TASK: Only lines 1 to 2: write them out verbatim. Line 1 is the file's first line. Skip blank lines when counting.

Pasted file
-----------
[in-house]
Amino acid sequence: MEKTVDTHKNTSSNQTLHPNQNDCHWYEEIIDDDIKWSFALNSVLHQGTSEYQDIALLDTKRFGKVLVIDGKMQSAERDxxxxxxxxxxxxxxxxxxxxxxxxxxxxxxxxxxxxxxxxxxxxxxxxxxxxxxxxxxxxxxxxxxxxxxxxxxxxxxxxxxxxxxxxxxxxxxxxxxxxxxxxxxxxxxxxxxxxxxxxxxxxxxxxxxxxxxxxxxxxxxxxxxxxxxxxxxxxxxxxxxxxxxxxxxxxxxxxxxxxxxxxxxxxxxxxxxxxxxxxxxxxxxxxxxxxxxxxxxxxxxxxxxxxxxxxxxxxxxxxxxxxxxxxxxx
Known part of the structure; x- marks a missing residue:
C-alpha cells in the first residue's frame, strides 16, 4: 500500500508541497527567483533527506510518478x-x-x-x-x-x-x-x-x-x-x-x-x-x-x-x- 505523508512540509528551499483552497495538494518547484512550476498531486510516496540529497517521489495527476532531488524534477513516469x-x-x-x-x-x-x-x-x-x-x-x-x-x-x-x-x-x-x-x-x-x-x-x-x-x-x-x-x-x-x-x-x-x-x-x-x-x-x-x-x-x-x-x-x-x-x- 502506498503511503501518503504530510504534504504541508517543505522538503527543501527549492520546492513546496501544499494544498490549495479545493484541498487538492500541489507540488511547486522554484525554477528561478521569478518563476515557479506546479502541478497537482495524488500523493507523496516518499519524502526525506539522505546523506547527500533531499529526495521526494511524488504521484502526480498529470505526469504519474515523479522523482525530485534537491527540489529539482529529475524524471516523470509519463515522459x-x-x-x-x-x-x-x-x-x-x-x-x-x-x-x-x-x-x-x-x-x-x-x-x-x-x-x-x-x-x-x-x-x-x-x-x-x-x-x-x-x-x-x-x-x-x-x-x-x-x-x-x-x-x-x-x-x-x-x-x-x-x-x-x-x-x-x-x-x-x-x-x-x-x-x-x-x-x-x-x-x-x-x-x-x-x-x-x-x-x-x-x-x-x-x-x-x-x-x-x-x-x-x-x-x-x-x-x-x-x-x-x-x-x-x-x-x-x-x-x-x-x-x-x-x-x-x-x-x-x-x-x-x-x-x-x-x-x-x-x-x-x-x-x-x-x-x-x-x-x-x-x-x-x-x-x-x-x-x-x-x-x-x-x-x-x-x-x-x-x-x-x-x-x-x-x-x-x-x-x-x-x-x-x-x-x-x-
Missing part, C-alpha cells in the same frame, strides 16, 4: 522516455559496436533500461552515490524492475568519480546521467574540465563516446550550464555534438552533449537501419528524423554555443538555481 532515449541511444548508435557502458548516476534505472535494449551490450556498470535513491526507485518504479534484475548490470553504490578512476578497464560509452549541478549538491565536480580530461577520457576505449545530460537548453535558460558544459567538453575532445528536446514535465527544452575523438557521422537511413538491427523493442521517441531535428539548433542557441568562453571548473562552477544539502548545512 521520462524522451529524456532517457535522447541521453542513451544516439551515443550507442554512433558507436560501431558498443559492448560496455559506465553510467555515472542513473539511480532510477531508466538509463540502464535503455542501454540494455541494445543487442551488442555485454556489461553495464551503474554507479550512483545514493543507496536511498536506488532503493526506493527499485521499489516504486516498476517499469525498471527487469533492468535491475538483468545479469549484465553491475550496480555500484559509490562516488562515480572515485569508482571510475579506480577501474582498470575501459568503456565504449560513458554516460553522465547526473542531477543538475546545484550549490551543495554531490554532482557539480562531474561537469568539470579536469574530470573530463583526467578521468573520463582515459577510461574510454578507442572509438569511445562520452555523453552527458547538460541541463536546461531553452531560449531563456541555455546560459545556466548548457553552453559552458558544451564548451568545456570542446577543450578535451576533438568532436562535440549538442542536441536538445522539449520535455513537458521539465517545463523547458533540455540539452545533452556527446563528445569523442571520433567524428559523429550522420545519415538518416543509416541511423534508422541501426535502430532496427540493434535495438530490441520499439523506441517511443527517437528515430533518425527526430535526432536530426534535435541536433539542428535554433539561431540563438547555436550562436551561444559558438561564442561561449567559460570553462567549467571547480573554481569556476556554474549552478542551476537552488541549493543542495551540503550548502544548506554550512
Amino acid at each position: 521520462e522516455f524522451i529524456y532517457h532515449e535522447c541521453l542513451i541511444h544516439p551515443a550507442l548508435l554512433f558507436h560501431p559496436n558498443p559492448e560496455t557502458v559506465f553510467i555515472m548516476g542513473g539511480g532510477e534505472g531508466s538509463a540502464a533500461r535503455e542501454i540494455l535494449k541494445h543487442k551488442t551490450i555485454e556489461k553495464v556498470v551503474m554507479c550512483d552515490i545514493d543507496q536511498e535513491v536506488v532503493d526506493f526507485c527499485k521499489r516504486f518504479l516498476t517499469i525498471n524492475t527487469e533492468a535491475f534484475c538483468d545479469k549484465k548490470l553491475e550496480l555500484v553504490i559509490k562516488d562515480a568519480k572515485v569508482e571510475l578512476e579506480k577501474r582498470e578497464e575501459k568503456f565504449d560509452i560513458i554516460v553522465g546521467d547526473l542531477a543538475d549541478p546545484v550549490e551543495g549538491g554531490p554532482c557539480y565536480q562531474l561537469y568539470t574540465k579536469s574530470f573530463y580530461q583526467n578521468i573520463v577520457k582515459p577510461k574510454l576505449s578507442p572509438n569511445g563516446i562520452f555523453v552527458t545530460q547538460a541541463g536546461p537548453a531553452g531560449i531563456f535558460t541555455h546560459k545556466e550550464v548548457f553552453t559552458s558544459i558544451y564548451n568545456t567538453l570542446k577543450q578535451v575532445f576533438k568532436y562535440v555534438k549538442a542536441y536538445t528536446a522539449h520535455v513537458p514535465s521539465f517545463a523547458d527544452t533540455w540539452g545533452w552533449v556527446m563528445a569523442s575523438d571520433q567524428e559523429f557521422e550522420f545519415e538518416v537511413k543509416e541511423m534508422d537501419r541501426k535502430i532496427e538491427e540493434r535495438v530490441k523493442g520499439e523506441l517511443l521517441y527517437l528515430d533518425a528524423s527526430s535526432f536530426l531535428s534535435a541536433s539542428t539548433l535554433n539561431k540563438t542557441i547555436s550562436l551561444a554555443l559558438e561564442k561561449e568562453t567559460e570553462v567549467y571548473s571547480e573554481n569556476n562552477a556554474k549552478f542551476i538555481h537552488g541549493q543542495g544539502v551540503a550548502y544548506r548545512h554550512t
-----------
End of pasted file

[in-house]
Amino acid sequence: MEKTVDTHKNTSSNQTLHPNQNDCHWYEEIIDDDIKWSFALNSVLHQGTSEYQDIALLDTKRFGKVLVIDGKMQSAERDxxxxxxxxxxxxxxxxxxxxxxxxxxxxxxxxxxxxxxxxxxxxxxxxxxxxxxxxxxxxxxxxxxxxxxxxxxxxxxxxxxxxxxxxxxxxxxxxxxxxxxxxxxxxxxxxxxxxxxxxxxxxxxxxxxxxxxxxxxxxxxxxxxxxxxxxxxxxxxxxxxxxxxxxxxxxxxxxxxxxxxxxxxxxxxxxxxxxxxxxxxxxxxxxxxxxxxxxxxxxxxxxxxxxxxxxxxxxxxxxxxxxxxxxxxx